• The 'better' the filter, the less crap it lets in but that means it's more restrictive and also less air gets in.
  • So 'high performance' means it lets more air in and as such, more crap in too, which means it's actually a worse filter than stock.

Stock is better.
There are a few caveats to what you're saying, because in the case of the comparison we have two different concepts that use different materials to meet these concepts. The stock filter is paper and is a one-time-use device, whereas the K&N and BMC both are reusable filters that use a different filtering media that can stand up to being washed and oiled. I don't have an objective data on the filtration rates of both filters, but we do know that the K&N use a cloth filter. We have also seen dynos that showed that the regular K&N actually makes less power, which means it's more restrictive than stock. This might mean better filtration, but it may be a simple byproduct of how the air flows through. We also know that there are race filters, which are meant for racing only, and these make more power by lowering the filtration media content. These are also reusable.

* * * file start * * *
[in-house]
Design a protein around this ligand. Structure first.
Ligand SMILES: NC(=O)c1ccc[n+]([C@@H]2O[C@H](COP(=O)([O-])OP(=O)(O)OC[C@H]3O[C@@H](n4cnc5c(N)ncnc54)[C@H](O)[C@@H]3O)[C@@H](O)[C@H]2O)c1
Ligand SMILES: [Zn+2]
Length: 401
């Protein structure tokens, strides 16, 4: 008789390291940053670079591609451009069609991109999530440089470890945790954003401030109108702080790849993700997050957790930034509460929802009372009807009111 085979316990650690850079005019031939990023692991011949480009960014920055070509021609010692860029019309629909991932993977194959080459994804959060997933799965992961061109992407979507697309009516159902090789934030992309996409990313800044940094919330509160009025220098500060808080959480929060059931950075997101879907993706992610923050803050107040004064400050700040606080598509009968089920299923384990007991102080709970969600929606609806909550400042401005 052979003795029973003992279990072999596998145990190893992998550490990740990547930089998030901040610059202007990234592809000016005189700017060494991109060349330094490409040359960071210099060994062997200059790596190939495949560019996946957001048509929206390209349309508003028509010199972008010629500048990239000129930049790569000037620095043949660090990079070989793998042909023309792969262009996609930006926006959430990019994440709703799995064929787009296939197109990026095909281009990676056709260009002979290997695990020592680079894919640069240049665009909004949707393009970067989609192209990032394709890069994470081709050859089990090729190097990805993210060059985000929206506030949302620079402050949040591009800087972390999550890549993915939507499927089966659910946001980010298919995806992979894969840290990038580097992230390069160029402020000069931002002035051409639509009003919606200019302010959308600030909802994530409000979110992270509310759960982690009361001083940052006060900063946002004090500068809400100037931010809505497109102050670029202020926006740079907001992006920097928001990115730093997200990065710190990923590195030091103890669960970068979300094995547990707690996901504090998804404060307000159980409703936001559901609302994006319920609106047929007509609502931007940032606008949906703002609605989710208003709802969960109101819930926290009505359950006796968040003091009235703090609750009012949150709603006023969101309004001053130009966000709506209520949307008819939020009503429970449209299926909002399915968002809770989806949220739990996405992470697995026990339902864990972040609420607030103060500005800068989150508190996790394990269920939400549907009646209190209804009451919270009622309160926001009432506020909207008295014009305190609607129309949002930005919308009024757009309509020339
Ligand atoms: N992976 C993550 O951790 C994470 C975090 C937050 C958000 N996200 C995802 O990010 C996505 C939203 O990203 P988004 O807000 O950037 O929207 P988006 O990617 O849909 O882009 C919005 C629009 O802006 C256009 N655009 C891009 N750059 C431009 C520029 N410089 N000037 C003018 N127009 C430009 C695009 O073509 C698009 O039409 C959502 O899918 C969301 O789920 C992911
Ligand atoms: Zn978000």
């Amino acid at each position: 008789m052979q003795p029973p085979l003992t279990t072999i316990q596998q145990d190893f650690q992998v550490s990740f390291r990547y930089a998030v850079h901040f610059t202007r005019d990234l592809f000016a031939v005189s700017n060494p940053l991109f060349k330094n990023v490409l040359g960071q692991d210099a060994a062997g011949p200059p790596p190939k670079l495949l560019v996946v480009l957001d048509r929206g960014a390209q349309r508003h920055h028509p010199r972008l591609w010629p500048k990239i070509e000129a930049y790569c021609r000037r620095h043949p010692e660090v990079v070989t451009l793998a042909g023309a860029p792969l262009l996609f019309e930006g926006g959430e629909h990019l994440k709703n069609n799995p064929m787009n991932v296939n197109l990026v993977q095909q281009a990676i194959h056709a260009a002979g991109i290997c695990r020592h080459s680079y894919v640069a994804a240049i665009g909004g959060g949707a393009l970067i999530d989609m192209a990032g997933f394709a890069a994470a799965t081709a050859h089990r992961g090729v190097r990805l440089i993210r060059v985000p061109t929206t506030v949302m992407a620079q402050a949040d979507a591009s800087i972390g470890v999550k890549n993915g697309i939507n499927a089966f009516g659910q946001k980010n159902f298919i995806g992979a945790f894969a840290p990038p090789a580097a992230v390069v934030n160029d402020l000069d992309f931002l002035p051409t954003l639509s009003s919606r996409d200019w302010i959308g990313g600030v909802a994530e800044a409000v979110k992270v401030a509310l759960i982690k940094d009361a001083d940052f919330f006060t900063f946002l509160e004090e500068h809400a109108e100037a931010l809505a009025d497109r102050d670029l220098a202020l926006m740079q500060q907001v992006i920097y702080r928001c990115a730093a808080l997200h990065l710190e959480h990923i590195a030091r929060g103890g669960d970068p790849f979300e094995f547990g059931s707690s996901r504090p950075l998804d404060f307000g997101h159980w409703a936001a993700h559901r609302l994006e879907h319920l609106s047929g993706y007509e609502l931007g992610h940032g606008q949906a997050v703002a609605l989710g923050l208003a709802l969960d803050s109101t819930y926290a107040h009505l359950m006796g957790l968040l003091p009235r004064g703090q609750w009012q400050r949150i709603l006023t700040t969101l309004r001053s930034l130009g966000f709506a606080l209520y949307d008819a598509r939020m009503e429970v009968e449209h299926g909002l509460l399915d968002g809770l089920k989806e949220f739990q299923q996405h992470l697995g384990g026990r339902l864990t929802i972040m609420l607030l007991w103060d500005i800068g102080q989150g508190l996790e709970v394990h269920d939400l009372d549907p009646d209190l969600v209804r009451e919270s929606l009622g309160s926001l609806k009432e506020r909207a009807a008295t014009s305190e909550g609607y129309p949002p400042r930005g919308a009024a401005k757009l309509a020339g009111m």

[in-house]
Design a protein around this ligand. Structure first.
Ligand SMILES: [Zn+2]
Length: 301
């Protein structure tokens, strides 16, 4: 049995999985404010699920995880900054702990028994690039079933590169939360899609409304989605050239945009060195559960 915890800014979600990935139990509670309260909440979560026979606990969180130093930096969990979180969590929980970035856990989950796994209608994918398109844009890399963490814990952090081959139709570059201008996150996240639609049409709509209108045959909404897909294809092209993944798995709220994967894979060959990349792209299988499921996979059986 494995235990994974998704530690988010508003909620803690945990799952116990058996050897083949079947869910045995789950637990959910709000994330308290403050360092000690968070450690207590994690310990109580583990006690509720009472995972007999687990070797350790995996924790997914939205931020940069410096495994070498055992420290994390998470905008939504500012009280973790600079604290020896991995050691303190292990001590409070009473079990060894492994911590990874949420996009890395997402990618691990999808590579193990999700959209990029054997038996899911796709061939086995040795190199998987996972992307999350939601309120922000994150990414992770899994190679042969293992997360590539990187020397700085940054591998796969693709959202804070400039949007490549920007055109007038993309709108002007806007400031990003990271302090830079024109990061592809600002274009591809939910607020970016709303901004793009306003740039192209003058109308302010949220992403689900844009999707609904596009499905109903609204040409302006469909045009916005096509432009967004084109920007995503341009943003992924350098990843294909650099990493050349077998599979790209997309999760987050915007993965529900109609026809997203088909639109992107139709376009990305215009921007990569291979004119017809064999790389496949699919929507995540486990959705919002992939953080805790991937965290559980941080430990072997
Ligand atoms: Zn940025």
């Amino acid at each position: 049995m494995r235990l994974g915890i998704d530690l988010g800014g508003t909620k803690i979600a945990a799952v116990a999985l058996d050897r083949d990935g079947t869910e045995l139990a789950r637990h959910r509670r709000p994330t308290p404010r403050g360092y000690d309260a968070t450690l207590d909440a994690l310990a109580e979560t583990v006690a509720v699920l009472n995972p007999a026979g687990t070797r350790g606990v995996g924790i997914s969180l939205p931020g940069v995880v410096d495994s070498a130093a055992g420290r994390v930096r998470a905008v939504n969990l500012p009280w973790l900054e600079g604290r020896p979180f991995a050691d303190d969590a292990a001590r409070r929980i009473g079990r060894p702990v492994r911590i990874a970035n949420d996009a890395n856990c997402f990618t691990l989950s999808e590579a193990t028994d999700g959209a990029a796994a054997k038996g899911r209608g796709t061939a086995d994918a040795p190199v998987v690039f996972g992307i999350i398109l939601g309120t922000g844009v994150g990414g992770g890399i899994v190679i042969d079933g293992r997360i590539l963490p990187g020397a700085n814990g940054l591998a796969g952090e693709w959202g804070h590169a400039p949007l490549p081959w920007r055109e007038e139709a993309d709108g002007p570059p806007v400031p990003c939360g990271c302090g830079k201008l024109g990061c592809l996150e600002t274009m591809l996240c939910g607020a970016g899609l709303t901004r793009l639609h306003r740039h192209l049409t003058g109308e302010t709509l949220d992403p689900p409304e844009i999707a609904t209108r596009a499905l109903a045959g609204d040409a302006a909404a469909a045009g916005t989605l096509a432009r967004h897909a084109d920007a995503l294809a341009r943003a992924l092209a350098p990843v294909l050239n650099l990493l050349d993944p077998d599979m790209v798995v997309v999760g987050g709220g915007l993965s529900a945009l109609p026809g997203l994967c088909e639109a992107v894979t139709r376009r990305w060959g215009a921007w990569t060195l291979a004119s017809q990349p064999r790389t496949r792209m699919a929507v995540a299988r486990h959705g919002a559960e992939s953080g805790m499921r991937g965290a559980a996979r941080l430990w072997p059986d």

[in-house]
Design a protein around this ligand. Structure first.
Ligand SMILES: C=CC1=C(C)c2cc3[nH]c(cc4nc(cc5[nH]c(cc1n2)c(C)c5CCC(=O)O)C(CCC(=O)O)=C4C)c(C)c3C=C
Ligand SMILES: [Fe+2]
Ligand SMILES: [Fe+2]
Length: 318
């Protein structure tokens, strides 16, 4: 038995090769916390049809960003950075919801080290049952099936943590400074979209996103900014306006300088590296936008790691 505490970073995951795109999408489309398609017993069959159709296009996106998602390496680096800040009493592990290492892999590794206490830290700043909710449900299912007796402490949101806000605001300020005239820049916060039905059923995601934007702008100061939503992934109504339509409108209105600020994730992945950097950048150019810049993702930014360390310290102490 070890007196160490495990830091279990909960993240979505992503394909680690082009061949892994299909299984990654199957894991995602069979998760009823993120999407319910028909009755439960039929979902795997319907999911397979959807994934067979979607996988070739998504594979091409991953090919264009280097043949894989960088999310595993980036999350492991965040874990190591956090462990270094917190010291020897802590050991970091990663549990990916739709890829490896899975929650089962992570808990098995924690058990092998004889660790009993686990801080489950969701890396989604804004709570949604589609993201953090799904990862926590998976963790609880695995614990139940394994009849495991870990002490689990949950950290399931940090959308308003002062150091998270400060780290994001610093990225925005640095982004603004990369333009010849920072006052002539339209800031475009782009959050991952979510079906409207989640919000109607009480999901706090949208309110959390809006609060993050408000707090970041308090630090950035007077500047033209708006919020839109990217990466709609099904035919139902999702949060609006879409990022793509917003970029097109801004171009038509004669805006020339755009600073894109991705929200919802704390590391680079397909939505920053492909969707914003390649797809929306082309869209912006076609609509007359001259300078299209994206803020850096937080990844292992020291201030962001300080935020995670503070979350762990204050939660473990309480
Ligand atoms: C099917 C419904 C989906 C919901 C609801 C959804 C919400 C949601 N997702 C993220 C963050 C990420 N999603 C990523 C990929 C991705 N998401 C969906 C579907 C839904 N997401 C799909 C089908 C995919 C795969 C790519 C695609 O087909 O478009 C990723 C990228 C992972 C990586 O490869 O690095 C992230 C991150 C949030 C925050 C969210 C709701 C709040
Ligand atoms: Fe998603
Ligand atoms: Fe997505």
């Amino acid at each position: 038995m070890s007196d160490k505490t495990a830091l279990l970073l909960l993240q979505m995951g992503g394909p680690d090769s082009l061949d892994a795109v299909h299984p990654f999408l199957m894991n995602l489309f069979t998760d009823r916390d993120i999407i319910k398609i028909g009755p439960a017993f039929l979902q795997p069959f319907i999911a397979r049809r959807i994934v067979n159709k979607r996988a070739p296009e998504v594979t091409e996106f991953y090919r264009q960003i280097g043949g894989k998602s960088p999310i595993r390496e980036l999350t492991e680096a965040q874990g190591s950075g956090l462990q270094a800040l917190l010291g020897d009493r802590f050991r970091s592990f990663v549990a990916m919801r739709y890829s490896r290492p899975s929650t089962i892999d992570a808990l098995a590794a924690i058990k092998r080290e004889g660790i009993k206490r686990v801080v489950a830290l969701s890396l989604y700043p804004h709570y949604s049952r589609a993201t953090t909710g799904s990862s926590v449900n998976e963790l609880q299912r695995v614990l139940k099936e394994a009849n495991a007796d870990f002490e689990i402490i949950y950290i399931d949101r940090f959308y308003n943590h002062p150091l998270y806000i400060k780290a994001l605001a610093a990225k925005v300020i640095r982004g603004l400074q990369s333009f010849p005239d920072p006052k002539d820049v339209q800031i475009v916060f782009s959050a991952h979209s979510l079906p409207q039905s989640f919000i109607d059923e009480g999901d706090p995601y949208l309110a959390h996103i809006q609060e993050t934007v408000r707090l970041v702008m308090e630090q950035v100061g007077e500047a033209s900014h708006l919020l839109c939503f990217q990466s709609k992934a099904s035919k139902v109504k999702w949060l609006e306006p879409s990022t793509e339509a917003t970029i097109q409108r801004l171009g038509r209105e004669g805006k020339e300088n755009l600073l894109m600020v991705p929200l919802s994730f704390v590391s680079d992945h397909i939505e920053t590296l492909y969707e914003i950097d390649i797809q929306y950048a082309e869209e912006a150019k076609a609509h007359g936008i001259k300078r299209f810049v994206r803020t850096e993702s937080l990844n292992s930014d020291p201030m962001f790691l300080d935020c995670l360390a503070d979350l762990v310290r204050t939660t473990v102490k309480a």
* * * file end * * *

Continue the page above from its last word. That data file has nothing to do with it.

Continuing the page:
For me, the stock filter is the happy medium for me: it was designed to work specifically with the bike, it will filter well enough, and it gave me a better drivability feeling along with more power than the K&N. And I'm not going to run a race filter on a street bike for the bragging rights of 1-2whp.
 

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Hand-Eye Coordinator
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We have also seen dynos that showed that the regular K&N actually makes less power, which means it's more restrictive than stock. This might mean better filtration, but it may be a simple byproduct of how the air flows through.
Power is not necessarily down to how restrictive a filter is. Moving more or less volume is also not an indicator.

Maybe all the filters are capable of flowing more air than the engine requires at any time. This would be a logical assumption. Yes, the OEM may be the slowest flow, but there is more to it.

The faster air moves, the less pressure there is behind it. Less force to fill the cylinder (Bernoulli's principle). This now changes cylinder intake swirl and tumble. It may also change the absolute highest air pressure achieved on the intake, and so less air for combustion.

More pressure than designed for (so slower air) will also change the things mentioned.

I'm not a tuner, nor a mechanical engineer, nor do I have the specs, but simply removing air flow restriction does not equal more power. More power comes from more fuel and the right balance of air to completely combust the fuel.
 

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That’s Mister Chalet To You ....
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Hmm, and I always assumed the K&N = more hp = more air = less restrictive


Wrong on all counts :suicide
 

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Power is not necessarily down to how restrictive a filter is. Moving more or less volume is also not an indicator.